Our $19+ trillion nation debt is killing us with higher costs of living, slower wage growth, reduced fiscal flexibility, interest payments eating up more and more of the federal budget, and is a ticking time bomb. Trump (like Hillary) would only make it worse. When Clinton proposed $275 billion in new federal infrastructure spending, Trump said he would double those spending hikes (outbidding his own previous proposal). A recent analysis said that Trump's tax plan would jack the national debt up another $7.2 trillion over 10 years. Fiscal conservatism?

And how does Trump view the Constitution? Last December he vowed that, if elected, he would sign an executive order mandating the death penalty for cop killers. Killing a police officer is terrible, to be sure; but that doesn't give the executive branch authority to create brand new capital crimes out of whole cloth. Many of us decried Obama's use of his “pen and phone” to try to circumvent the Constitutional legislative process. Trump would make Obama look like a piker.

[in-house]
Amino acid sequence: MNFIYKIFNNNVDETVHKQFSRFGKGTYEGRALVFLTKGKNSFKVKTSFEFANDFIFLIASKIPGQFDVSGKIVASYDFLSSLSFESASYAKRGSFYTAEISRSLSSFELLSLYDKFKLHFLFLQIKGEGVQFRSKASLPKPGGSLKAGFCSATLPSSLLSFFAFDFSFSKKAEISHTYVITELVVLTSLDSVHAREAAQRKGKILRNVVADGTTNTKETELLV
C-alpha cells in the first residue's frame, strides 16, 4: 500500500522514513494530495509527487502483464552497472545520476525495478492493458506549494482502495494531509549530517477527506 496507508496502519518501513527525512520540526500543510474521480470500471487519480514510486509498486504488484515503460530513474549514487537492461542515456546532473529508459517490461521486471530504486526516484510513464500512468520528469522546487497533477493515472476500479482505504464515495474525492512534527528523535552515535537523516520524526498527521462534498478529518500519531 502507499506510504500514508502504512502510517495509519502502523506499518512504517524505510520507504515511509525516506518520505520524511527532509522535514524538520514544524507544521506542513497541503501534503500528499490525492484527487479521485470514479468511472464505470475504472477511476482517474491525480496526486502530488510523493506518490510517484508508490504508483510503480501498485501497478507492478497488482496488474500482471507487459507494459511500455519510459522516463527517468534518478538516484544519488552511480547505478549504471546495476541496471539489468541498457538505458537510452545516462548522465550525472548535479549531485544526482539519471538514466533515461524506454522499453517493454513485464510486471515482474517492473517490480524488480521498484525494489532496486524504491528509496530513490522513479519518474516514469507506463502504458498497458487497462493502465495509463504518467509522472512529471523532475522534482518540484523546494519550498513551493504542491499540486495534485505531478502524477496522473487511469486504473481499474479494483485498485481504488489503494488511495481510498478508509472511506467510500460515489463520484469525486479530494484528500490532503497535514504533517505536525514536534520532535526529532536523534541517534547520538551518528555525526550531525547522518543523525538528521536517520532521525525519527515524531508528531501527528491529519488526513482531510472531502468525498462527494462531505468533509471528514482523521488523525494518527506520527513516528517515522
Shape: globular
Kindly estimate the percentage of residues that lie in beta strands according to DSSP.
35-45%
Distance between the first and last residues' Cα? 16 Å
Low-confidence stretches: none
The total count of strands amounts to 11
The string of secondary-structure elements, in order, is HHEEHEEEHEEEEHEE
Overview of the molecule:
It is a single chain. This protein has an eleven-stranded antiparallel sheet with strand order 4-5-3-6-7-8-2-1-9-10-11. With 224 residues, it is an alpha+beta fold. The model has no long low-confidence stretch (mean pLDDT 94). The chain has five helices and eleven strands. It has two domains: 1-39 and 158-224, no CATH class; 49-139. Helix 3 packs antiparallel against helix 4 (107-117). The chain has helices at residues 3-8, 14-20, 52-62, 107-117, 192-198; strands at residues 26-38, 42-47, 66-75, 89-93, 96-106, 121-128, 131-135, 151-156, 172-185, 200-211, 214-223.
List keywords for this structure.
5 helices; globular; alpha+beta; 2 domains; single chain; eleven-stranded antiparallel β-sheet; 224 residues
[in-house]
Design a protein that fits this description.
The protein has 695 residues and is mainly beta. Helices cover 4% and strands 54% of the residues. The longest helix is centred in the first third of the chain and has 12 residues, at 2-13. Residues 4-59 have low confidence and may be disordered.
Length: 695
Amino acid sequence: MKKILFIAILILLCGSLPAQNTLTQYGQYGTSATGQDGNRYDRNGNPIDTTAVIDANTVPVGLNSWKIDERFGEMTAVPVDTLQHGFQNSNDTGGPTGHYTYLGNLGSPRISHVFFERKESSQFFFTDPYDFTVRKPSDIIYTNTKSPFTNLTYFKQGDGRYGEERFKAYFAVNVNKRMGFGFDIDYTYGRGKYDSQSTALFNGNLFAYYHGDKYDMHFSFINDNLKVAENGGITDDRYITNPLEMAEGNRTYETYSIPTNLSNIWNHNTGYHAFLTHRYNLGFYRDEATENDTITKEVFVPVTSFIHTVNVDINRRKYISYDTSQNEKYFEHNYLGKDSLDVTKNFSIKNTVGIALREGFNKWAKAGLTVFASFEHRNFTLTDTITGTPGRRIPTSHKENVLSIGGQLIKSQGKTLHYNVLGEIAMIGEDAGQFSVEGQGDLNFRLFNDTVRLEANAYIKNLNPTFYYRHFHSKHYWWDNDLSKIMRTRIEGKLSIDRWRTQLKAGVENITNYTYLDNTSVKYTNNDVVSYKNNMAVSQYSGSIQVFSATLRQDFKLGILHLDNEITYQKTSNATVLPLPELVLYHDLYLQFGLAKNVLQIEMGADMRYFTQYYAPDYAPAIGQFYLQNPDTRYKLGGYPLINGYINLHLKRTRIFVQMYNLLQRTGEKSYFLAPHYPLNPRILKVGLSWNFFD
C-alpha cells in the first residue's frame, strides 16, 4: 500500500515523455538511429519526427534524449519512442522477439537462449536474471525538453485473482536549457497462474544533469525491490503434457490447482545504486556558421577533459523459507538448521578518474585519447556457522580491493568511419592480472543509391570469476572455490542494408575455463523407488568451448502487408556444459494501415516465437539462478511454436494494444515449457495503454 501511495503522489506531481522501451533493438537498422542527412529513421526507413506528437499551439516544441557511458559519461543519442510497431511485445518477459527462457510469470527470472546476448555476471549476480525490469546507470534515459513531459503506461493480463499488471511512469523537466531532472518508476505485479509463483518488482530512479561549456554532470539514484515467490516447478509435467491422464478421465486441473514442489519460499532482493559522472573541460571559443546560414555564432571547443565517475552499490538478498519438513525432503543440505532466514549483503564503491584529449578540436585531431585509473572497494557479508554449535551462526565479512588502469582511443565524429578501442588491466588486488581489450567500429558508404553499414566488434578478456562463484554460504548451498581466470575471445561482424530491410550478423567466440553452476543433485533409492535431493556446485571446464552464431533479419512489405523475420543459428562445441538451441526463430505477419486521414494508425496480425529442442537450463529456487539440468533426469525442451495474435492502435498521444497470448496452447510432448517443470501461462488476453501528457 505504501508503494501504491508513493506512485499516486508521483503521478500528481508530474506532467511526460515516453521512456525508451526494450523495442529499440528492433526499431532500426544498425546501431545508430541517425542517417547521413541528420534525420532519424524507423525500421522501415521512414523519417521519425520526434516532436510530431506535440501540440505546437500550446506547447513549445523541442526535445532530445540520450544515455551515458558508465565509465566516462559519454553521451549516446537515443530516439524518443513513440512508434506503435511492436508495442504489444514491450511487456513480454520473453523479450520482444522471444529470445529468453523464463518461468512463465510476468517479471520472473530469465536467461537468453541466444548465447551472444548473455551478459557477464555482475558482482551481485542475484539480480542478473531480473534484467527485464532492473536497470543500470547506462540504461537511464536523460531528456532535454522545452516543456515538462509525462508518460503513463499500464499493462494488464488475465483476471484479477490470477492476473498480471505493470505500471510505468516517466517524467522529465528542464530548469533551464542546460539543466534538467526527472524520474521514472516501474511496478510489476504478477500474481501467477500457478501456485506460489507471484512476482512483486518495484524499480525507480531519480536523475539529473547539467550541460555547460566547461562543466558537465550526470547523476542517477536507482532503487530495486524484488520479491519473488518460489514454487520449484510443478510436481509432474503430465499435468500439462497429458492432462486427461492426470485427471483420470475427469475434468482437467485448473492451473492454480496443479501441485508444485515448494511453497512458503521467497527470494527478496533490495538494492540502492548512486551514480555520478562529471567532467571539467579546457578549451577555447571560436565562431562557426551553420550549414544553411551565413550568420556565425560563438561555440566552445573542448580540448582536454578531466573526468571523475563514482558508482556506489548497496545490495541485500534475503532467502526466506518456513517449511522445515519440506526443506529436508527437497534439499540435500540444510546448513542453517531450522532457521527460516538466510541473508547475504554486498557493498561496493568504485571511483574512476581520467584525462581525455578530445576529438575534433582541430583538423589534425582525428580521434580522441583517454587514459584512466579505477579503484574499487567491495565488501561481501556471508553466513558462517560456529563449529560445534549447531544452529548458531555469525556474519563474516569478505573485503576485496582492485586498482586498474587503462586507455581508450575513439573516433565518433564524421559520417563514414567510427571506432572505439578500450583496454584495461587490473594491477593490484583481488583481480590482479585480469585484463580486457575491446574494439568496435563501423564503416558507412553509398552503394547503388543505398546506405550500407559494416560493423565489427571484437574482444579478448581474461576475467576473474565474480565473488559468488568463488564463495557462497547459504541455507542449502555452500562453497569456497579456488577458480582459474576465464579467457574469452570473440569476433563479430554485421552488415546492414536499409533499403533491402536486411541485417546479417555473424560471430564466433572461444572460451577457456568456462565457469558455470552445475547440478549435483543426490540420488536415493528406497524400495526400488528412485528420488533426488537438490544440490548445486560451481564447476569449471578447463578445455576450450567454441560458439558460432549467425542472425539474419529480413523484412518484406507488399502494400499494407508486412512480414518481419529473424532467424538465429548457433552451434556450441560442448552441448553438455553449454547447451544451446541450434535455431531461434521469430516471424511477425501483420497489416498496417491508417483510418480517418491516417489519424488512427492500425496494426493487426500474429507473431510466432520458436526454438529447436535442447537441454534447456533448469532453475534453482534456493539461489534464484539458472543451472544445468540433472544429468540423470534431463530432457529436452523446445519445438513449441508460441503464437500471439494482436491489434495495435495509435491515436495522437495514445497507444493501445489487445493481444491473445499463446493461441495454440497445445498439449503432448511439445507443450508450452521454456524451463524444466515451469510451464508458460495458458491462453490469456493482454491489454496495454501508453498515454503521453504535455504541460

Even though most of Trump's ideas involve gorilla-stomping all over the Constitution, constitutionalists are told they MUST vote for Trump because he says he'll nominate originalist judges who will defend the Constitution. It seems counter-intuitive to me that Trump would nominate judges that would thwart his own agenda at every turn. It seems more likely he will merely lead the party (and the country) further from its Constitutional moorings.

Someone who knows plenty about the federal courts and the Constitution is Alan Gura. He is the litigator who led America's gun owners to victory in two landmark Second Amendment cases before the United States Supreme Court: DC v. Heller and McDonald v. Chicago. Here is what Gura thinks about supporting Trump because of his potential Supreme Court nominees:

I have no illusions about what Hillary would do to the federal bench. Sad! But there is something deeply contradictory about the notion of electing a power-hungry strongman on the theory that he'll appoint judges that respect and enforce constitutional limits on government. Did Hugo Chavez appoint great judges? Did Putin, Mussolini, or Erdogan? Would it have mattered had they sort-of kinda suggested that they would?